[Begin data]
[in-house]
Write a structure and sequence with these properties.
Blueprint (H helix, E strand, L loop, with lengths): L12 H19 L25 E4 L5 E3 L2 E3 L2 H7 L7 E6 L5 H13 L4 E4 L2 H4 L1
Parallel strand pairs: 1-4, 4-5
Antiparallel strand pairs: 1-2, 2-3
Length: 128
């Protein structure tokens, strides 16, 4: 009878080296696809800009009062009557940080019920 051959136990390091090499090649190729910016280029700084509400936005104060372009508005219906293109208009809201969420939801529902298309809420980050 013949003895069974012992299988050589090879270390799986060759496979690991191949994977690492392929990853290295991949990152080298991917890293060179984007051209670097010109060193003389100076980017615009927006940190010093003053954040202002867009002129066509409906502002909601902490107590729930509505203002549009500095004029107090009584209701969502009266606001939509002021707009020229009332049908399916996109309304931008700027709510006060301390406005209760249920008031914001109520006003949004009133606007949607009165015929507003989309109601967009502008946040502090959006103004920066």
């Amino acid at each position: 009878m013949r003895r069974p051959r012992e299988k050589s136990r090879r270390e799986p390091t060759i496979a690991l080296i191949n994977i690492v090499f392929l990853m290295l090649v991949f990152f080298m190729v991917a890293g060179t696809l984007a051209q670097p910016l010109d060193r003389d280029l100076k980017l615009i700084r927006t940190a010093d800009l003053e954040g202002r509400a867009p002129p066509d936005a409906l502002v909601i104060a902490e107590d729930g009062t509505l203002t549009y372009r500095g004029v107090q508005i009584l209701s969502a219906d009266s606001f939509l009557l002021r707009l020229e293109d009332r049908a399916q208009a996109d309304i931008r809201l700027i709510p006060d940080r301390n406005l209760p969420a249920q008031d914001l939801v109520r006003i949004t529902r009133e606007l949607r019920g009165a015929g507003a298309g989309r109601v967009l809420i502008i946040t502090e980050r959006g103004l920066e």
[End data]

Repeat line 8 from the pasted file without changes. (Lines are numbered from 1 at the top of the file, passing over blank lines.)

């Amino acid at each position: 009878m013949r003895r069974p051959r012992e299988k050589s136990r090879r270390e799986p390091t060759i496979a690991l080296i191949n994977i690492v090499f392929l990853m290295l090649v991949f990152f080298m190729v991917a890293g060179t696809l984007a051209q670097p910016l010109d060193r003389d280029l100076k980017l615009i700084r927006t940190a010093d800009l003053e954040g202002r509400a867009p002129p066509d936005a409906l502002v909601i104060a902490e107590d729930g009062t509505l203002t549009y372009r500095g004029v107090q508005i009584l209701s969502a219906d009266s606001f939509l009557l002021r707009l020229e293109d009332r049908a399916q208009a996109d309304i931008r809201l700027i709510p006060d940080r301390n406005l209760p969420a249920q008031d914001l939801v109520r006003i949004t529902r009133e606007l949607r019920g009165a015929g507003a298309g989309r109601v967009l809420i502008i946040t502090e980050r959006g103004l920066e």